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House bread and butter.  I do love my bread.  The bread was not bad.  Although I did bemoan to my lunch companion about the demise of the bacon bread I had eaten here on previous occasions.  I think the waiter obliged by bringing me more than was wise on said occasion.  My entreaties were, at least for my mouth, thankfully received.  My stomach on the other hand was not so happy to be stuffed full of so much bacon bread!

A little photo of my previous visit.  You can find the full post here.

I still do on occasion dream about the bacon bread in all it’s porky goodness, when I have been on a bit of a pork diet. For me, if I were to pick one animal that I couldn’t do without eating, it would be our friend with the four trotters and upturned snout.  People talk about how many ways they can skin a cat but I prefer to discuss how many ways you can cook a pig!

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Hare loin.  Dressed with artichoke, cabbage and walnuts.  I used to think that hares were the same as rabbits but although they are related, they have one significant difference.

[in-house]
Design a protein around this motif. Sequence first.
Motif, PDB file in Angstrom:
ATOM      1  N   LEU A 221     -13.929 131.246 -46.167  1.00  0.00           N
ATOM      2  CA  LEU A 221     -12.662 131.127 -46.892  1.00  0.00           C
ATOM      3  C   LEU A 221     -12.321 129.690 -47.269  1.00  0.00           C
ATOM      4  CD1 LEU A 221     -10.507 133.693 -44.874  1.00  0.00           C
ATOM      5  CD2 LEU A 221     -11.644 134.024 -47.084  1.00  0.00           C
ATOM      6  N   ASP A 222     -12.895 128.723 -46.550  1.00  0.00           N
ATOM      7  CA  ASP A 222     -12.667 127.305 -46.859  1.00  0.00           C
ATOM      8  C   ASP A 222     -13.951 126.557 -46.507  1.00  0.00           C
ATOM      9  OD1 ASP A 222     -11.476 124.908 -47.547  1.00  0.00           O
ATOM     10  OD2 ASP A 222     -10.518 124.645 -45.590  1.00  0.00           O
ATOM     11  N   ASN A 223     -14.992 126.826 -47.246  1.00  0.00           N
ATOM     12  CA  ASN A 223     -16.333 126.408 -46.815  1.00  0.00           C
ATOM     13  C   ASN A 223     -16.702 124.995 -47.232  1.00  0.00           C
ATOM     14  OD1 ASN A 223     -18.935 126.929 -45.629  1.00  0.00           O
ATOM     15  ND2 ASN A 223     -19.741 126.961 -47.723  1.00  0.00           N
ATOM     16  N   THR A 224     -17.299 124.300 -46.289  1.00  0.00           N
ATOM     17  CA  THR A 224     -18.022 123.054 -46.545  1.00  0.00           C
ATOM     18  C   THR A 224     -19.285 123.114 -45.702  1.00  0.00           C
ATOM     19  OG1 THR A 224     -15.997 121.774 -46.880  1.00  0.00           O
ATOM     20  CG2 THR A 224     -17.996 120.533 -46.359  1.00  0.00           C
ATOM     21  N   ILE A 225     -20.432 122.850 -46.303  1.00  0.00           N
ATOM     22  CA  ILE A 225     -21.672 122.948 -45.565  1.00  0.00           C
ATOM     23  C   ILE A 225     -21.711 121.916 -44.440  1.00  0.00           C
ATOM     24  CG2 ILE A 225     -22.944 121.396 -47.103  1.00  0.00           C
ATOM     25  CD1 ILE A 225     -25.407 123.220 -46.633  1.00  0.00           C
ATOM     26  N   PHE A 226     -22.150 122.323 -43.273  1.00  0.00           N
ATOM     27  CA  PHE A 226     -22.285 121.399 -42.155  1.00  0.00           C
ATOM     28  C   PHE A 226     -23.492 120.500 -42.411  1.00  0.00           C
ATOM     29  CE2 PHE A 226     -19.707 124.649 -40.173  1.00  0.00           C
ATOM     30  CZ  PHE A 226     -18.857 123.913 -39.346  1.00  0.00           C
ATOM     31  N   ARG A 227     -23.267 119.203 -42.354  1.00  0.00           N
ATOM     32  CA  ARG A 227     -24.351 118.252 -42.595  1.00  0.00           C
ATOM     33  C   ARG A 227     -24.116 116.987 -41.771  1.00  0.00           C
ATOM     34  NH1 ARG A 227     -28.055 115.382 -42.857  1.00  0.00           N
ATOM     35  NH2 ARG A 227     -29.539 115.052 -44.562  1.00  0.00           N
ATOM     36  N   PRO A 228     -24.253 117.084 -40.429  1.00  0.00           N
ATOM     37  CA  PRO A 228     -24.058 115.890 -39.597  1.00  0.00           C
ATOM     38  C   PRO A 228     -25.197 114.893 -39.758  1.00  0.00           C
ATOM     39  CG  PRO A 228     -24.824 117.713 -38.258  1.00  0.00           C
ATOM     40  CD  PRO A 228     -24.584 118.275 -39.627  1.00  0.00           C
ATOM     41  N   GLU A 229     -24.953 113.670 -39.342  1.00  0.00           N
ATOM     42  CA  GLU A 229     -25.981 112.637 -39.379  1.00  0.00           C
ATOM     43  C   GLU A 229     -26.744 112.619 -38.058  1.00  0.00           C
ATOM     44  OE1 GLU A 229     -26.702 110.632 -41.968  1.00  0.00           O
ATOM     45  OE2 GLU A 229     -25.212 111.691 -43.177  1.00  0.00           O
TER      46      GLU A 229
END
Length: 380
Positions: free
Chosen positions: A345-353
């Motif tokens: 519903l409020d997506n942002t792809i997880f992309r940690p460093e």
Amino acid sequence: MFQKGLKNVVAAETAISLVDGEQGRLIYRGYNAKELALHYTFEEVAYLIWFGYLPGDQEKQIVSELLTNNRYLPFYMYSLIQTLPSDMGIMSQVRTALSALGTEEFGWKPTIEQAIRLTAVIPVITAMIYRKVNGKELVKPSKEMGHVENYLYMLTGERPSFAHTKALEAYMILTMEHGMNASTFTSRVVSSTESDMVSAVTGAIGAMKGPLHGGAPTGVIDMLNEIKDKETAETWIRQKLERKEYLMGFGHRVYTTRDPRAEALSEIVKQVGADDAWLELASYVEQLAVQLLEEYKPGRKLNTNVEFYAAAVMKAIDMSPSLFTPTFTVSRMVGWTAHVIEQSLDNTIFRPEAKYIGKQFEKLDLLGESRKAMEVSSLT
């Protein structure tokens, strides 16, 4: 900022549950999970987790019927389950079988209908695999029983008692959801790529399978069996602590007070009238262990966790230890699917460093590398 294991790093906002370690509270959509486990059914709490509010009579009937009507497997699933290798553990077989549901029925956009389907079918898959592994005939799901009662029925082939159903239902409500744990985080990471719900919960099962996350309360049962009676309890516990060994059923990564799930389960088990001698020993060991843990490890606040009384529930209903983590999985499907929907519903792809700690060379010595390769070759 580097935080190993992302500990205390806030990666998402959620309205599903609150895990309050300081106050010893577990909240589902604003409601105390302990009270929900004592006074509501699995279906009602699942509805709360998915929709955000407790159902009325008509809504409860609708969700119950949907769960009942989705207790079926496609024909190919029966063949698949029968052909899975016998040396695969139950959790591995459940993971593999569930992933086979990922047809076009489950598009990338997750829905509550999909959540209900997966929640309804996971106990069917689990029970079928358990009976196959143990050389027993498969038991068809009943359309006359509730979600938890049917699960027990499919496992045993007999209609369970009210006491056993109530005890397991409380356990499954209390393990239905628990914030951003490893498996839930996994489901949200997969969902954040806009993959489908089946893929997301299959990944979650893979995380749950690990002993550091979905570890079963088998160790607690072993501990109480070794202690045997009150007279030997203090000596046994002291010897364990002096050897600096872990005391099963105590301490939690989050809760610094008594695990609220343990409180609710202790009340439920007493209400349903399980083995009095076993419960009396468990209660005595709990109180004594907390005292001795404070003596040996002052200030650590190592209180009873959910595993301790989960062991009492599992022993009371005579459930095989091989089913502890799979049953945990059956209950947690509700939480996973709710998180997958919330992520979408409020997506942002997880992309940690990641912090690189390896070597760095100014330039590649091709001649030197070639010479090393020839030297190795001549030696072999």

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The hare puts up a bit more of a challenge to catch.  You have heard the expression, fast as a hare.  There is definitely some truth to that saying!  Here is a close up view of the dish as the hare wasn’t able to run away this time.  Hare, due to its exercise regime no doubt, has a meatier, gamier texture.  Which was carefully paired with a selection of vegetables which did not detract from the central star of this dish.

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Hare shoulder.  Part two of the main course.  The hare shoulder.  I actually found the shoulder to be more to my liking as it contained more fat.  Not as much as the excessively cultivated cows in Japan.  Just have a look at the fat marbling here.

See the full post here.